The dust jacket of this biography advertises it as “A Life of the Author of The Awakening,” thus identifying Kate Chopin’s primary claim to recognition in the late twentieth century. Canonized by inclusion in the major anthologies of American literature, The Awakening has enjoyed critical acclaim and popular success. This biography, the first of Kate Chopin in twenty years, explains how this novel came to be written. Exactly as Gustave Flaubert observed, “Madame Bovary, c’est moi,” so Chopin might have said that The Awakening is the story of her life. The work unquestionably depends on a literary tradition that includes Flaubert’s Madame Bovary (1856), Bjornstjerne Bjornson’s Fiskerjenten (1868; The Fisher Maiden, 1869), and the stories of Guy de Maupassant, several of which Chopin translated in the 1890’s. Much of the book’s power, though, derives from Chopin’s ability to draw on first-hand knowledge of Louisiana’s Cane River country where the novel is set and, even more significantly, on her own experiences and emotions in the 1880’s in Cloutierville. She could describe Edna Pontellier’s quest for fulfillment and rejection of convention so convincingly because she was writing about herself.
Whereas Edna rebels against her background as well as her society to forge a life of her own, Chopin found much in her heritage to encourage independence. Even as a child, she longed to know what lay beyond the bounds of her genteel household; her father, a successful St. Louis businessman, introduced her to his riverfront world of trappers and alcoholics, poor children begging for coins, hawkers, thieves, and the homeless, a universe apart from the cloistered Sacred Heart Academy where Chopin began her education in September, 1855.
Thomas O’Flaherty may have inadvertently contributed even more to the shaping of his daughter’s literary career when he died in November of that year. As a prominent St. Louis citizen, he was chosen to participate in the first train crossing of the Gasconade Bridge. The bridge collapsed, and ten of the eleven railroad cars fell thirty feet into the river below. Thirty people were killed, including Thomas. In Chopin’s “The Story of an Hour” (1894), Louise Mallard learns that her husband has died in a similar accident. Far from grieving, she rejoices in her newfound freedom, only to discover that her husband is alive after all—just as in 1855 two people initially reported dead survived the train disaster. Plunged back into her former condition, Louise suffers a heart attack and dies. The onlookers believe that she could not bear the happiness of having her husband restored, but the reader knows that she has been killed by disappointment and despair. Toth suggests that the story may mirror Eliza O’Flaherty’s feelings in 1855 and observes that Mrs. Mallard’s first name, Louise, much resembles “Eleeza,” as Kate’s French-speaking relatives would have called her mother. Although there is no other evidence to support such a reading of Eliza O’Flaherty’s sentiments, the similarities between the Gasconade tragedy and Chopin’s story demonstrate the impression that the event made on the five-year-old girl.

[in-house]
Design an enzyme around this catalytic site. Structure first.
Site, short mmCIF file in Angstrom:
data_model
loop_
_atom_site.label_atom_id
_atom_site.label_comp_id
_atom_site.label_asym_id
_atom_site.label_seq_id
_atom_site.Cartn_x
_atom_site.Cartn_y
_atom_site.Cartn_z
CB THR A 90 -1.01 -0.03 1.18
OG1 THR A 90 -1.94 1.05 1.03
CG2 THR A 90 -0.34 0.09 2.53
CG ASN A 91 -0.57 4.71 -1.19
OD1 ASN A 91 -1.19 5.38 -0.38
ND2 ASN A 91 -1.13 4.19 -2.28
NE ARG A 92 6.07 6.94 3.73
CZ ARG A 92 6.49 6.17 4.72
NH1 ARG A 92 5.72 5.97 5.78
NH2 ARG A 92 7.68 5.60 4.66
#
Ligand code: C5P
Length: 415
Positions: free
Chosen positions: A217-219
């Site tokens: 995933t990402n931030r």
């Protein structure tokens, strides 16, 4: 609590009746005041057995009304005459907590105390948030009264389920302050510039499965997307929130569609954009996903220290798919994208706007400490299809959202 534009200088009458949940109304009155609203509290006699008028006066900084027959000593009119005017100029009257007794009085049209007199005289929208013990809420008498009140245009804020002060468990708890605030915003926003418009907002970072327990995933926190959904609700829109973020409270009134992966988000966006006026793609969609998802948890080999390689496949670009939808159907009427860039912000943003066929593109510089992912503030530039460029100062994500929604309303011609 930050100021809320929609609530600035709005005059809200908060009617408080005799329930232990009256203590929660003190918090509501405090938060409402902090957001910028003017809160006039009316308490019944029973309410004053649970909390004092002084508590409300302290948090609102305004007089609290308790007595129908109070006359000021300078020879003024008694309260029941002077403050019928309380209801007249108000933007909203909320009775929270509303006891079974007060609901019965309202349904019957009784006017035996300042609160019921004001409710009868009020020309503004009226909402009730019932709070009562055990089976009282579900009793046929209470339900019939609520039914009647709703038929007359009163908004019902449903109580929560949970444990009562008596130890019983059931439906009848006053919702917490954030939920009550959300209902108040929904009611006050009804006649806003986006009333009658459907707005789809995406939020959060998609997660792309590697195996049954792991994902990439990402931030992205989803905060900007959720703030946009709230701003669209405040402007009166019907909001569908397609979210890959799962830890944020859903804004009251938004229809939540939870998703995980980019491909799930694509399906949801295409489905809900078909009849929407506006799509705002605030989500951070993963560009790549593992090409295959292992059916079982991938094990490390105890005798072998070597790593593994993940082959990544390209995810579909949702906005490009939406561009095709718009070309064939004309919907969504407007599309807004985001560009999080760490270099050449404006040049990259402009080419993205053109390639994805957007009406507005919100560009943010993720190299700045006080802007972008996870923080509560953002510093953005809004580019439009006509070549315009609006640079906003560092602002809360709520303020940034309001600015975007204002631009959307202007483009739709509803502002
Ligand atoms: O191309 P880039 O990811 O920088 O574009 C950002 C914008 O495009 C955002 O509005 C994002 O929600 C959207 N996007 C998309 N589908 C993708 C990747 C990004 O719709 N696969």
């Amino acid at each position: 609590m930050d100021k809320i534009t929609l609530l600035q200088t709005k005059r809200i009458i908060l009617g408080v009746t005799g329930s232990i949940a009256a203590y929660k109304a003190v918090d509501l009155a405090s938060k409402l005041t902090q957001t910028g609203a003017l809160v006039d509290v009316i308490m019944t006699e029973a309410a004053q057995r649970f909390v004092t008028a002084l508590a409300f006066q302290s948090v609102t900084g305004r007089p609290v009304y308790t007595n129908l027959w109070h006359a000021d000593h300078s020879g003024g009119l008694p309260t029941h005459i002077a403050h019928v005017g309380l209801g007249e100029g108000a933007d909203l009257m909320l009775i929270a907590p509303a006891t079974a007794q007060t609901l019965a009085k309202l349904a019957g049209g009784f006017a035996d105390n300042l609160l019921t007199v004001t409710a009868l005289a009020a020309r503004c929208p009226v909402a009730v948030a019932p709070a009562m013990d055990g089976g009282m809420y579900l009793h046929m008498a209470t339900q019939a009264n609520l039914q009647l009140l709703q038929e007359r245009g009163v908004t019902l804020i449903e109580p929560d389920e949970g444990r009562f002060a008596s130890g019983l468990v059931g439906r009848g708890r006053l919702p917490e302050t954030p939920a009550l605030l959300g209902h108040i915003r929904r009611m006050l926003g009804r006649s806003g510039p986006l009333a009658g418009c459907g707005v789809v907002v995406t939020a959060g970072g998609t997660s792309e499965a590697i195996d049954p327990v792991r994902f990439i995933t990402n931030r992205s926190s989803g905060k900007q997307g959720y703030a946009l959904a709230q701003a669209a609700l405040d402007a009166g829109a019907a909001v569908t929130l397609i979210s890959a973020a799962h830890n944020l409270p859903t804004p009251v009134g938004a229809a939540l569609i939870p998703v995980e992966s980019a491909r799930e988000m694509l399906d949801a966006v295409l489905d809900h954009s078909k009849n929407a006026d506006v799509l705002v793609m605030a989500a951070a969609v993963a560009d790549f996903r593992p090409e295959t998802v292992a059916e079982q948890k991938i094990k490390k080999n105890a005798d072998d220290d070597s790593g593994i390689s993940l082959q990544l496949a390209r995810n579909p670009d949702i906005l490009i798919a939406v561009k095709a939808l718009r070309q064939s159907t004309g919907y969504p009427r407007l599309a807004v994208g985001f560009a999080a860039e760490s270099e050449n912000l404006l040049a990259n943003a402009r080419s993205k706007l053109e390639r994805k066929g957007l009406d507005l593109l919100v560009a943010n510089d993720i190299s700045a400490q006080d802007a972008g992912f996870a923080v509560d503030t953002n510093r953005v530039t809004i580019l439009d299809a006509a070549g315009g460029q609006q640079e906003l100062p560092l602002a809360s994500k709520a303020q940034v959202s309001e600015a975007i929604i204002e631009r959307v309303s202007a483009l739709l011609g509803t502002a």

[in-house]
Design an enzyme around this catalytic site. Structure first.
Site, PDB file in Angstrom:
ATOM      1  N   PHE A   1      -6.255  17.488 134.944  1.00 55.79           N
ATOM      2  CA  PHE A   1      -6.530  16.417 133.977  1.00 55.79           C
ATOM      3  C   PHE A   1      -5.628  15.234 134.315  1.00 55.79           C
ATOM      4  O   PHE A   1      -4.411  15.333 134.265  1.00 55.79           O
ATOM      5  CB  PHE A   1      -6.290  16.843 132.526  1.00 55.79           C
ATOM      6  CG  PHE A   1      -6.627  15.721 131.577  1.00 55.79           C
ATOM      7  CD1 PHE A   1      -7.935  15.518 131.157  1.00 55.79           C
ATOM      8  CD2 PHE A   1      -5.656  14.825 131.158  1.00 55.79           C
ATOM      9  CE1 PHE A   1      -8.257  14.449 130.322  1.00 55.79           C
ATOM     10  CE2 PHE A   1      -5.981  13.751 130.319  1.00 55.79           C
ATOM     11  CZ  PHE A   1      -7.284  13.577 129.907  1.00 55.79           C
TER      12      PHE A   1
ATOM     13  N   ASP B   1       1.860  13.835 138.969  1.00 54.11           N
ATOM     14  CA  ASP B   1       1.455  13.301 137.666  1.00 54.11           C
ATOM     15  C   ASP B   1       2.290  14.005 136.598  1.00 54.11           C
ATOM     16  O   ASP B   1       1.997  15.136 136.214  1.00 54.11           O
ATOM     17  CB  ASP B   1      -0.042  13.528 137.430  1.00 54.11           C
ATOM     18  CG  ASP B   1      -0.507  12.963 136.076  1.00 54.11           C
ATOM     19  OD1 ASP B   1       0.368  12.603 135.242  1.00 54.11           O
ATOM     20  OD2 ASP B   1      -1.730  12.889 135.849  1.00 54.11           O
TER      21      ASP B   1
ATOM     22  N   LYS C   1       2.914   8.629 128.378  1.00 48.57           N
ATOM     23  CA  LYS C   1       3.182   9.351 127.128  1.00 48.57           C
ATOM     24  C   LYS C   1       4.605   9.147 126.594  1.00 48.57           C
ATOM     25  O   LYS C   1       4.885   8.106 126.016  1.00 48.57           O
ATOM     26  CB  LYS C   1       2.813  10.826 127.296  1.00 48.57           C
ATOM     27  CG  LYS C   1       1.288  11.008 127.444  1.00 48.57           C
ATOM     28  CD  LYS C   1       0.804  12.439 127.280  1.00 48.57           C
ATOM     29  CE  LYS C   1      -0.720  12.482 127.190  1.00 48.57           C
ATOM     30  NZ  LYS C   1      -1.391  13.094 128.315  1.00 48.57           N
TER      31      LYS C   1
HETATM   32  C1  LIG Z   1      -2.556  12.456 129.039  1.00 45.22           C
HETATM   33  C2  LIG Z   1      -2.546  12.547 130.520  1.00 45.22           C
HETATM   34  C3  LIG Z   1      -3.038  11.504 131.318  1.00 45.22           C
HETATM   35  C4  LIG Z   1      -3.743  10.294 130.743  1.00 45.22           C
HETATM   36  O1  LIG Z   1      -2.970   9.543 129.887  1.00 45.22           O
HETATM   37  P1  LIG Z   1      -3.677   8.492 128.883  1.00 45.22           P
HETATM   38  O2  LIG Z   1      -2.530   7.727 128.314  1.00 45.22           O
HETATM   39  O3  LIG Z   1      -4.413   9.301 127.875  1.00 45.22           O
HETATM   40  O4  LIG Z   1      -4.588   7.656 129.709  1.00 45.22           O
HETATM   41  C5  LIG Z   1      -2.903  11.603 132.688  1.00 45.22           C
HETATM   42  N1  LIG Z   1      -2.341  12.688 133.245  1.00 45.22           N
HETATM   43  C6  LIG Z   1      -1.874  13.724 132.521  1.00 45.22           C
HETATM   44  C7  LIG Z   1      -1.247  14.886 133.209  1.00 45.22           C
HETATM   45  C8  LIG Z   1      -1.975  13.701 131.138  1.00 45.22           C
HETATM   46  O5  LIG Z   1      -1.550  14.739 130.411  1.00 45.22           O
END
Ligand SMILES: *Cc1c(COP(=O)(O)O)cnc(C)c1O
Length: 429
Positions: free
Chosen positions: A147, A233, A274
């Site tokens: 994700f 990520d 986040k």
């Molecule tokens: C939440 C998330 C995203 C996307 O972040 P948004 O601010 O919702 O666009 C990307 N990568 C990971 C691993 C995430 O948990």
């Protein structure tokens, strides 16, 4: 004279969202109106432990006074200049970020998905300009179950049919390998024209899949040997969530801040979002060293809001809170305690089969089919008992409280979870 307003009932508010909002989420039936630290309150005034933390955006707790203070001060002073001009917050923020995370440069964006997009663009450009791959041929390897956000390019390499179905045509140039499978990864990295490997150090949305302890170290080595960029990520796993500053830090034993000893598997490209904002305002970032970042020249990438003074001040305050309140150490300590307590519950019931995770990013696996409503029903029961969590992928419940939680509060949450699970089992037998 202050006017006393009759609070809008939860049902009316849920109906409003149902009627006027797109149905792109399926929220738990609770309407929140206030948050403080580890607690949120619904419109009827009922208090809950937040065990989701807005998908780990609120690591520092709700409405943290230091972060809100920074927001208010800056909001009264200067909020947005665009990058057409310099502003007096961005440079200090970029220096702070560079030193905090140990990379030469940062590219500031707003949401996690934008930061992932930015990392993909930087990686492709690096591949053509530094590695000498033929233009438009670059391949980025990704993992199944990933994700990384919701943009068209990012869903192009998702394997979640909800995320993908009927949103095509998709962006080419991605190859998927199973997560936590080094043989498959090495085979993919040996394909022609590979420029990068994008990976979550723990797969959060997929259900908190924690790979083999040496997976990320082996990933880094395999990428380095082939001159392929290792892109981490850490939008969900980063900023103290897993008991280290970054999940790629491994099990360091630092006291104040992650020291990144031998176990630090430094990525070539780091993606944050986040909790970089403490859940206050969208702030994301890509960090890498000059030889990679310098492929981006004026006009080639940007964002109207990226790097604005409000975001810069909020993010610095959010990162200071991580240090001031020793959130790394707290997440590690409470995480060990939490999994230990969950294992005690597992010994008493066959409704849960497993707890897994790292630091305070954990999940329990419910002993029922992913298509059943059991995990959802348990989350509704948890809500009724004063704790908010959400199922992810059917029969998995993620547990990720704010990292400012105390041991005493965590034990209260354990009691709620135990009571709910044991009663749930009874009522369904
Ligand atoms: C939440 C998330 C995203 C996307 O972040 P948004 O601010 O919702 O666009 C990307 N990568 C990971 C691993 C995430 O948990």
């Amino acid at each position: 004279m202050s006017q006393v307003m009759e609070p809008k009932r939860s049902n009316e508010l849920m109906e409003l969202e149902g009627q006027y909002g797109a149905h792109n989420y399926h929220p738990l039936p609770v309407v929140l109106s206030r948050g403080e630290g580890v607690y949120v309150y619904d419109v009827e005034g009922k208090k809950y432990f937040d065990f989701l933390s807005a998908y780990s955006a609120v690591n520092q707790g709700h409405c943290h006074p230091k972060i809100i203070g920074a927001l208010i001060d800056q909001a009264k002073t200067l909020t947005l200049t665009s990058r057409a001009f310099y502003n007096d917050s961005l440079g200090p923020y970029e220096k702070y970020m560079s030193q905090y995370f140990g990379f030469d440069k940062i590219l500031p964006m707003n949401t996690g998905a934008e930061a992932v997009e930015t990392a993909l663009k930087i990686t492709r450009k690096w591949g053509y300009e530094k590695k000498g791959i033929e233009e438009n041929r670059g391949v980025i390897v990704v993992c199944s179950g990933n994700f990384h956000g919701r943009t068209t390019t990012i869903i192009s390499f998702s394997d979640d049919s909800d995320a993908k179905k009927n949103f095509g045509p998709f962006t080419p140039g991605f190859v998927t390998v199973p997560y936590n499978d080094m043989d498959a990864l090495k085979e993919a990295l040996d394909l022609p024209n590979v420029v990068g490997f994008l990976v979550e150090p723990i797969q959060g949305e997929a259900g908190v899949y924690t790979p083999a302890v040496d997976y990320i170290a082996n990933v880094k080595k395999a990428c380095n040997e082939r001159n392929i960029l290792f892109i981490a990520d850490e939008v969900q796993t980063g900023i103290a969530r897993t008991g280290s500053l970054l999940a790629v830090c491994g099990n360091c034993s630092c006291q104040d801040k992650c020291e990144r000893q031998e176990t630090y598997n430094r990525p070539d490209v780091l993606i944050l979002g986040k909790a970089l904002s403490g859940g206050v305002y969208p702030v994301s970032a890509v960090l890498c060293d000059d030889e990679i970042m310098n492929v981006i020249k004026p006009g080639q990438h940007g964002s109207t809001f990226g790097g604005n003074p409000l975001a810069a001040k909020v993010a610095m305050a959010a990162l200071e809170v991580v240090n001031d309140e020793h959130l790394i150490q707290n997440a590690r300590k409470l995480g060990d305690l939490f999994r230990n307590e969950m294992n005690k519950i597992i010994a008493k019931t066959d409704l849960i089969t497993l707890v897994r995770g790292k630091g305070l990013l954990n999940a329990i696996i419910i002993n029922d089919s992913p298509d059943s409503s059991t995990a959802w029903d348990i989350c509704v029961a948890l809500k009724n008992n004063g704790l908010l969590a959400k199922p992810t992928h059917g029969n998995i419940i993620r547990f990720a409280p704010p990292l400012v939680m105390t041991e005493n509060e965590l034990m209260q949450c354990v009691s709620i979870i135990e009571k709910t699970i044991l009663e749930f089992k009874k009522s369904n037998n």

Thomas’ death interrupted Chopin’s attendance at Sacred Heart, though she later returned to the school and was graduated in 1868. The interlude at home was, however, significant for the future writer. Her great-grandmother, Madame Victoire Verdon Charleville, assumed responsibility for the girl’s education during this period, teaching her French and piano, and, more important, telling her stories about the founders of St. Louis. Among them were two of Madame Charleville’s uncles who carried on affairs, one with an Osage Indian and the other with a woman of mixed blood. Madame Charleville had herself been four months pregnant when she married. She also told Kate about Marie Therese Bourgeois Chouteau, who left her brutal husband to live with another man, and of Elizabeth...
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